Cusack, Ellen Dymphna (Nell) (1902–1981)

by Marilla North

This article was published in Australian Dictionary of Biography, Volume 17, (MUP), 2007

Ellen Dymphna (Nell) Cusack (1902-1981), author, was born on 21 September 1902 at Wyalong, New South Wales, third of six surviving children of James Cusack, storekeeper, and his wife Bridget Beatrice, née Crowley. Nell’s parents, of Irish-Catholic stock, were born in New South Wales. She was a frequently ill and fractious infant; her mother’s childless sister, also called Nell, and her husband Tom Leahy, took over her upbringing in 1905. She lived at Cooma, Narrandera and Guyra and attended St Ursula’s College, Armidale, as a boarder. In 1920 she won an exhibition and Teachers’ College scholarship to the University of Sydney (BA, 1925; Dip.Ed., 1926); her academic mentors included George Arnold Wood and Henry Tasman Lovell. Sydney University Drama Society took Cusack into the world of `little theatre’. Her début play script, `Safety First’—a feminist drama with themes of illegitimacy, middle-class hypocrisy and the liberated `New’ woman as heroine— was one of the final dozen selected in the 1927 competition of the magazine Triad.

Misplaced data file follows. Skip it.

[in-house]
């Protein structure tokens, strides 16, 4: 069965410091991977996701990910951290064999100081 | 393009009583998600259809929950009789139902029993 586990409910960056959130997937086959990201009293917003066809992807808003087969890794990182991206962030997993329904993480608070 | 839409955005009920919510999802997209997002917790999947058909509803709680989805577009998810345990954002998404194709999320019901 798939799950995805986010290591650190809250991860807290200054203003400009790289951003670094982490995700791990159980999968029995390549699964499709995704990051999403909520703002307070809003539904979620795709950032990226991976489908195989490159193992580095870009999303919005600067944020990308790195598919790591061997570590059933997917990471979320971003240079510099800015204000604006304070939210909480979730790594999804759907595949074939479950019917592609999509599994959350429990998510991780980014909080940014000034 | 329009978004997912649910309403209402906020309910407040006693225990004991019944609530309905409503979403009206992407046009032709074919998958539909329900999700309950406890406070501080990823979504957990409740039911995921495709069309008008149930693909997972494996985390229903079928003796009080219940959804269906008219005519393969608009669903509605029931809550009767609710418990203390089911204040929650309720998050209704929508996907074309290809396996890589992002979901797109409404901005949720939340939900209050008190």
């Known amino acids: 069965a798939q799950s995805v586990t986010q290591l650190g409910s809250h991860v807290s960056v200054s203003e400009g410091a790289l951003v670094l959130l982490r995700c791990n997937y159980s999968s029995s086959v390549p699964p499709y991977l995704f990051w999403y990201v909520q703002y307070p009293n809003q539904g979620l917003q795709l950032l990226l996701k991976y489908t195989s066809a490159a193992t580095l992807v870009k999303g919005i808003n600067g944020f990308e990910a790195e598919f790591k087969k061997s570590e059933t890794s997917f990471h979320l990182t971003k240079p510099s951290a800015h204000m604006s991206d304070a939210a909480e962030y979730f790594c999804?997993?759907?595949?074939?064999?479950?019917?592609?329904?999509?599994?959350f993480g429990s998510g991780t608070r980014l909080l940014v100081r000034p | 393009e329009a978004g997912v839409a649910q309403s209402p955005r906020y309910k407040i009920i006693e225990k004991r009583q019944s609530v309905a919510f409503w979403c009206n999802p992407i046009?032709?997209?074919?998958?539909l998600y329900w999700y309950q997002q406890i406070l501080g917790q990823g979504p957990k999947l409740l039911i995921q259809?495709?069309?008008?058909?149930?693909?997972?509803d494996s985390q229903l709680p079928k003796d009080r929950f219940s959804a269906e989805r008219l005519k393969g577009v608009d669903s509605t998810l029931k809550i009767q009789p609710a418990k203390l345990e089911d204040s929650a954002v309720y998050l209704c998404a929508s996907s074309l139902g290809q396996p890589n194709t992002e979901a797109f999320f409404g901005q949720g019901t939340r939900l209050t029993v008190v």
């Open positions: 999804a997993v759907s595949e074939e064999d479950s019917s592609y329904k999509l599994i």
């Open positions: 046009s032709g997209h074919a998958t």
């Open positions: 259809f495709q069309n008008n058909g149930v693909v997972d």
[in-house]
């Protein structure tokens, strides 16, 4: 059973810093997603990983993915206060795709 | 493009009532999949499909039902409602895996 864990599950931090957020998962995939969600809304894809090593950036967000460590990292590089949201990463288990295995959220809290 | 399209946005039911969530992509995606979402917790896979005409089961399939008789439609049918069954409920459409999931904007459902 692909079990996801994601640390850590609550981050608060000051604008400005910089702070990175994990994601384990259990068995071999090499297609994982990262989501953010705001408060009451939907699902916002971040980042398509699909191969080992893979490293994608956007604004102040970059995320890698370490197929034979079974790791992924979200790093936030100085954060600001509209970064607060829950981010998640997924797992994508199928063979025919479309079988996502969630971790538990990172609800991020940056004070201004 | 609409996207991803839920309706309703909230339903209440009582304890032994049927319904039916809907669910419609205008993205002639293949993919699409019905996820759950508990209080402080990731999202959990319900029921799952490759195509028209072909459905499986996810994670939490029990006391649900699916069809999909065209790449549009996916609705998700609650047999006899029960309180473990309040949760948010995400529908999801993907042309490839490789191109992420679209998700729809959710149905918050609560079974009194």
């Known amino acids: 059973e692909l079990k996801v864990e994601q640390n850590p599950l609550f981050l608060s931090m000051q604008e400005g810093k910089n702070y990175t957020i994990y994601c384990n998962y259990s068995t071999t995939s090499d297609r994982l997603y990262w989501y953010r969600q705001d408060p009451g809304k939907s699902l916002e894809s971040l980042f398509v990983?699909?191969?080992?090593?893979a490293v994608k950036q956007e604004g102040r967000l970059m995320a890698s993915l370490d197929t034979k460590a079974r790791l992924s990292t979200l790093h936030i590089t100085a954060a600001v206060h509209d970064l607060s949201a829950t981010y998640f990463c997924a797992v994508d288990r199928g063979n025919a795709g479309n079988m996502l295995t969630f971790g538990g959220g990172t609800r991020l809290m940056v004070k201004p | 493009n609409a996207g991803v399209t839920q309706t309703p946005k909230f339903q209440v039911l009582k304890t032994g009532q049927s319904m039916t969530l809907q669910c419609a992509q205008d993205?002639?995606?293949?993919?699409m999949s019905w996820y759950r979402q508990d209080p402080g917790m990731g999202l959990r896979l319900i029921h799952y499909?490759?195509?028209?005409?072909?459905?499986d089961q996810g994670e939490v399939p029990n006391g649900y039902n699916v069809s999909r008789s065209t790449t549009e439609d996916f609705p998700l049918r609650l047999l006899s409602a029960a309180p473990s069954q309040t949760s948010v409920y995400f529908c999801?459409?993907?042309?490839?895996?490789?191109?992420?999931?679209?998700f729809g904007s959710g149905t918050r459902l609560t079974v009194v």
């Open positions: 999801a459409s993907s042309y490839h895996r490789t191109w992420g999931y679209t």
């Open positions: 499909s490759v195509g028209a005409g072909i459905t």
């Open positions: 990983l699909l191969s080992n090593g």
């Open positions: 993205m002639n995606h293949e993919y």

After teaching (1926-27) at Neutral Bay Girls’ Intermediate High School, in 1928 Cusack was posted by the Department of Education to Broken Hill High School, where she wrote her first (unpublished) novel, `This Nettle, Danger’, a rite-of-passage, Joyceaninspired, `portrait of the artist’ as a young woman. Cusack returned to `the drama’, convinced that her true talent lay there, and her plays Shallow Cups (1933), Anniversary (1935), and Red Sky at Morning (performed 1935; published 1942) were well received.

After six years’ country service, teaching at Broken Hill, Goulburn and Parramatta, Cusack was posted in 1935 to Sydney Girls’ High School. Her second novel, Jungfrau (1936), about three young women and their views on abortion, was runner-up in 1935 for the Bulletin’s S. H. Prior memorial prize. In 1938 she was recruited to the executive of the Fellowship of Australian Writers (president 1968-69). Her controversial radio documentaries challenged social orthodoxies. By 1939, when Angus & Robertson published Pioneers on Parade—her first collaboration with Miles Franklin and an irreverent pasquinade of Australia’s celebrations of 150 years of British colonial settle-ment—she had taken on too many `sacred cows’ for the liking of the Department of Education. Moreover, after a fall two years earlier, she was pursuing a workers’ compensation case against the department. In December she was summarily transferred to Bathurst High School. Appointments at Parkes and Newcastle followed.

Her revenge in exile was the prize-winning play Morning Sacrifice (1943), set in an all-female staffroom in a girls’ high school. Another play, Comets Soon Pass (1943), was her personal catharsis and artistic reprisal for the defection of her former lover, the novelist Xavier Herbert, and payback to the `asparagus king’ Gordon Edgell, who had tried to damn her publicly for her activism on behalf of unemployed youth. She also indulged in another satirical collaboration with Miles Franklin in the play Call Up Your Ghosts (1945).